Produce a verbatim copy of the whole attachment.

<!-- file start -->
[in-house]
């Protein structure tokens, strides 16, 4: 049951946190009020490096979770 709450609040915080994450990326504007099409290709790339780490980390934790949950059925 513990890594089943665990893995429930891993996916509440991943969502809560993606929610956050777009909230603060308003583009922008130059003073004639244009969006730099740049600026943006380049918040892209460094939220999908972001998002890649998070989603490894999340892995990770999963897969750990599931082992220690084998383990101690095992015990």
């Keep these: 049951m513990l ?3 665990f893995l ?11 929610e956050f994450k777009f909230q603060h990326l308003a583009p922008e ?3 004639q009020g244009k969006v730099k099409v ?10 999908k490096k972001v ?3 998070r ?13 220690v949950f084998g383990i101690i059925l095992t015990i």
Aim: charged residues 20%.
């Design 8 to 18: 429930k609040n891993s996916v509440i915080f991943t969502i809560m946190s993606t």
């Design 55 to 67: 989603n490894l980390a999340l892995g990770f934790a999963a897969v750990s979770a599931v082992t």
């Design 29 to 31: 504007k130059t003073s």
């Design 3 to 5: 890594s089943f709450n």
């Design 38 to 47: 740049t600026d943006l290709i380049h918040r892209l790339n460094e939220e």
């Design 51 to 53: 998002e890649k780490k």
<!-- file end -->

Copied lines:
[in-house]
């Protein structure tokens, strides 16, 4: 049951946190009020490096979770 709450609040915080994450990326504007099409290709790339780490980390934790949950059925 513990890594089943665990893995429930891993996916509440991943969502809560993606929610956050777009909230603060308003583009922008130059003073004639244009969006730099740049600026943006380049918040892209460094939220999908972001998002890649998070989603490894999340892995990770999963897969750990599931082992220690084998383990101690095992015990």
């Keep these: 049951m513990l ?3 665990f893995l ?11 929610e956050f994450k777009f909230q603060h990326l308003a583009p922008e ?3 004639q009020g244009k969006v730099k099409v ?10 999908k490096k972001v ?3 998070r ?13 220690v949950f084998g383990i101690i059925l095992t015990i």
Aim: charged residues 20%.
């Design 8 to 18: 429930k609040n891993s996916v509440i915080f991943t969502i809560m946190s993606t």
């Design 55 to 67: 989603n490894l980390a999340l892995g990770f934790a999963a897969v750990s979770a599931v082992t």
């Design 29 to 31: 504007k130059t003073s």
């Design 3 to 5: 890594s089943f709450n």
């Design 38 to 47: 740049t600026d943006l290709i380049h918040r892209l790339n460094e939220e």
């Design 51 to 53: 998002e890649k780490k």